People who’re depressed or suffering from a mental illness may talk about suicide and dream of taking their own lives, but only a small percentage of U.S. residents actually follow through with the deed. Talking about suicide but not having a plan to follow through is called passive suicidal ideation.
WHO’S AT RISK OF SUICIDE?
Risk factors for suicidal ideation fall into three categories: family history, life events, and psychiatric disorders. Psychiatric disorders which may contribute to suicide include anxiety disorders, major depressive disorder, and personality disorders. Life events can be crippling as unemployment, chronic pain and illness, divorce, and changes in standard of living all contribute to the notion of suicidal ideation. Research also has discovered family history plays a role including parents who’re depressed, abuse, and family violence.
PREVALENCE OF SUICIDE
“Suicide is a major public health concern. Suicide is among the leading causes of death in the United States. Based on recent nationwide surveys, suicide in some populations is on the rise,” according to the National Institute of Mental Health. A 2018 study by the U.S. Centers for Disease Control and Prevention found that suicide is the 10th leading cause of death nationwide and costs the lives of more than 48,000 people – adults and children.
WHAT IS PASSIVE SUICIDAL IDEATION?
Passive suicidal ideation means a person desires death but doesn’t have a specific plan to commit suicide. If you’re feeling passive suicidal ideation, your visions may involve dying while sleeping or having a fatal car crash. In your mind, the world would be better off if you were dead.
Passive doesn’t mean innocent. Such thoughts can make you care less about your own life and increase the risk of you trying an actual suicide attempt.
SUICIDAL WARNING SIGNS
“Something to look out for when concerned that a person may be suicidal is a change in behavior or the presence of entirely new behaviors. This is of sharpest concern if the new or changed behavior is related to a painful event, loss, or change. Most people who take their lives exhibit one or more warning signs, either through what they say or what they do.”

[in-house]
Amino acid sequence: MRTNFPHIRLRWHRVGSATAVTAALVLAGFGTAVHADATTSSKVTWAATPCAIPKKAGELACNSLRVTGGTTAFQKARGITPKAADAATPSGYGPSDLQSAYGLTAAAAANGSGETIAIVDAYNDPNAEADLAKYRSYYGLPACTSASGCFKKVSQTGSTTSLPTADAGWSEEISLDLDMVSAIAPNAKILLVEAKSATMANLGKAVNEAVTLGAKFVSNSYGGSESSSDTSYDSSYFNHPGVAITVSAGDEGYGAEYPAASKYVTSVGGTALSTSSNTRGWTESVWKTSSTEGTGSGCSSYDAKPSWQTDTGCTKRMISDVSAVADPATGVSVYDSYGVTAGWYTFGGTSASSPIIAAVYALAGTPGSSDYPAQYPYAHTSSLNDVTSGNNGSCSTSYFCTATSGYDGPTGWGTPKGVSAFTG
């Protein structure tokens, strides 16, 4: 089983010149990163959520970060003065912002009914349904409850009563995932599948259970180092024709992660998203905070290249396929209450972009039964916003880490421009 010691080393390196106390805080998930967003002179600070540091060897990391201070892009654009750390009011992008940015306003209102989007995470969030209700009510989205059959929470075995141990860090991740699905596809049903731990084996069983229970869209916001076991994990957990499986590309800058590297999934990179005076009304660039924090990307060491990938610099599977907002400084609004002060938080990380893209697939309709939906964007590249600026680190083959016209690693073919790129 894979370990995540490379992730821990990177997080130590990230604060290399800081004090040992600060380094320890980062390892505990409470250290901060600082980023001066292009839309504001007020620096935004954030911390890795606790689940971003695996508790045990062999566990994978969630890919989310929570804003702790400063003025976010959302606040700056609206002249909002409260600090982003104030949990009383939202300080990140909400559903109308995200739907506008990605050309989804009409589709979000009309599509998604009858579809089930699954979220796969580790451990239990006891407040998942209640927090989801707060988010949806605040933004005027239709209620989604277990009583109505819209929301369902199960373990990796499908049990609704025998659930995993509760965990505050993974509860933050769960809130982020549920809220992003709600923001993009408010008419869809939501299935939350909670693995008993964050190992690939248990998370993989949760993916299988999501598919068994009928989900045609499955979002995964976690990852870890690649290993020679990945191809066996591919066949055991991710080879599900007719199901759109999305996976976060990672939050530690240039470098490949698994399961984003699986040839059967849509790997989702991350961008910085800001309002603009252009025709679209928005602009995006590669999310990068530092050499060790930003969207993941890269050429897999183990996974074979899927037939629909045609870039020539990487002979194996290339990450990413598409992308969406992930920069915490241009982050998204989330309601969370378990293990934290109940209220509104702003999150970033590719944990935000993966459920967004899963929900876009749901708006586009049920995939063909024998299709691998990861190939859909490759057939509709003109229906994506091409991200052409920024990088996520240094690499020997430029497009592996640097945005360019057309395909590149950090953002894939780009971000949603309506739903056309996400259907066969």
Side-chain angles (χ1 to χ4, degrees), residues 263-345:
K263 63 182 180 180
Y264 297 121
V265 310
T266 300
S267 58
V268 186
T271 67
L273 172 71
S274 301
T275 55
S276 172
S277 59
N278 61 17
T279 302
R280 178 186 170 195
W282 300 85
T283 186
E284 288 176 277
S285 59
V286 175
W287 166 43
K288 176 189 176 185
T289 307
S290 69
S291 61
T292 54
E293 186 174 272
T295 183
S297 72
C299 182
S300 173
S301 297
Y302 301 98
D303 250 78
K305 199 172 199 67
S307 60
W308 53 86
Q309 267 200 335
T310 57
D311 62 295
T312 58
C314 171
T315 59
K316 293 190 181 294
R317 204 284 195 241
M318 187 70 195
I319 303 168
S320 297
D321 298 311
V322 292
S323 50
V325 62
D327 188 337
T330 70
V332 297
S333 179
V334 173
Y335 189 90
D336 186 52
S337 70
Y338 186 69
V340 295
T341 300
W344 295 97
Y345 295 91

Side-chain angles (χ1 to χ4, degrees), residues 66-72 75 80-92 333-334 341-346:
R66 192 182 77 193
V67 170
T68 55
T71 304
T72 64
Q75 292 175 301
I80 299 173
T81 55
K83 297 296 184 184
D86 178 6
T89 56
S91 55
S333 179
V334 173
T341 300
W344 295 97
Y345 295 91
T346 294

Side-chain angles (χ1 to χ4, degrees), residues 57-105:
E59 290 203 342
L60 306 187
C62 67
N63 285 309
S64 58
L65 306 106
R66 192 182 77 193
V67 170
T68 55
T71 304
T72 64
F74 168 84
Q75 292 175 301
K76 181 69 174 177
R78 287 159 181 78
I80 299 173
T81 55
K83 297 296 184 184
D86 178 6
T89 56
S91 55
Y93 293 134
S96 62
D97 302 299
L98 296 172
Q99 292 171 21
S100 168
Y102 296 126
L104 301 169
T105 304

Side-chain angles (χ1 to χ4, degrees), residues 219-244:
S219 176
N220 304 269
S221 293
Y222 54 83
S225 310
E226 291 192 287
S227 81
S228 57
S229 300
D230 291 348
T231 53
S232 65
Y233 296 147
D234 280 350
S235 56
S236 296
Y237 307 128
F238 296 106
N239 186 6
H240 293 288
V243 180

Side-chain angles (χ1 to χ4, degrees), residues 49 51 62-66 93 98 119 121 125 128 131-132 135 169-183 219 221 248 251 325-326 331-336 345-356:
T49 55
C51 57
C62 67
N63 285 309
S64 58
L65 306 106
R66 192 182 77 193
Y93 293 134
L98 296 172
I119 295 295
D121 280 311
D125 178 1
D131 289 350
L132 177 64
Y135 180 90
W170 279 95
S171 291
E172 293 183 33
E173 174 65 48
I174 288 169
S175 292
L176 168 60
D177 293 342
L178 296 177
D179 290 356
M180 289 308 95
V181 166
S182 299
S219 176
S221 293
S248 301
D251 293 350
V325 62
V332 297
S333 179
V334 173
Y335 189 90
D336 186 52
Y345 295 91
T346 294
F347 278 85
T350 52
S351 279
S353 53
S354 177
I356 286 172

Passive suicidal ideation isn’t something a person who’s depressed will advertise willingly but may give off subtle clues without realizing it. Here’s what you can watch for:
- Killing themselves
- Feeling hopeless
- Having no reason to live
People contemplating suicide may talk about it more openly, especially if they have come up with a plan to carry out the deed. If you know of someone contemplating suicide, you can call the toll-free National Suicide Prevention Lifeline at 1-800-273-TALK (8255), available 24 hours a day, 7 days a week, to get help.
Behavioral warning signs:
- Increased use of alcohol or drugs
- Looking for a way to end their lives, such as searching online for methods
- Withdrawing from activities
- Isolating from family and friends
- Sleeping too much or too little
- Visiting or calling people to say goodbye
- Giving away prized possessions
- Aggression and fatigue
- Loss of pleasure or interest
- Humiliation or disgrace
- Agitation or angry outbursts
- Exhibiting relief in perceived sudden Improvement
Many symptoms of mental health disorders can be relieved in multiple ways, including medicine, counseling, and ketamine therapy.
If you’re experiencing passive suicidal ideation, talking with a professional specializing in mental illness is a good first step. By diagnosing your illness, you’ll begin to understand the power it has over your life, and how you can manage the symptoms on your own, or with professional or medicinal assistance.
TREATMENT FOR SUICIDAL IDEATION
Once suicidal ideation is diagnosed, you and your doctor or specialist can discuss treatment options. In most cases, in-person counseling is the preferred choice, but extreme cases of mental illness could necessitate a hospital stay. Medicine is always a possibility, with many doctors now referring a patient to ketamine therapy.
THE CALMING INFLUENCE OF KETAMINE THERAPY
One of the reasons ketamine therapy is popular for treating symptoms of mental illness is because it’s a powerful sedative. First synthesized as an anesthetic, the medicine was widely used – and gained acceptance – to treat wounded U.S. combat troops in Vietnam. Ketamine is fast-acting and safe when administered through a licensed clinic. It’s believed to work because it strengthens and repairs damaged neurotransmitters in the brain responsible for sending pain signals throughout the body.
Passive suicidal ideation may seem to be a less-than-major concern for someone who’s suffering from a mental illness, but it’s a warning sign that shouldn’t be ignored. Ketamine therapy may help reduce the symptoms driving a person toward suicide but is only one of many care options available worth discussing.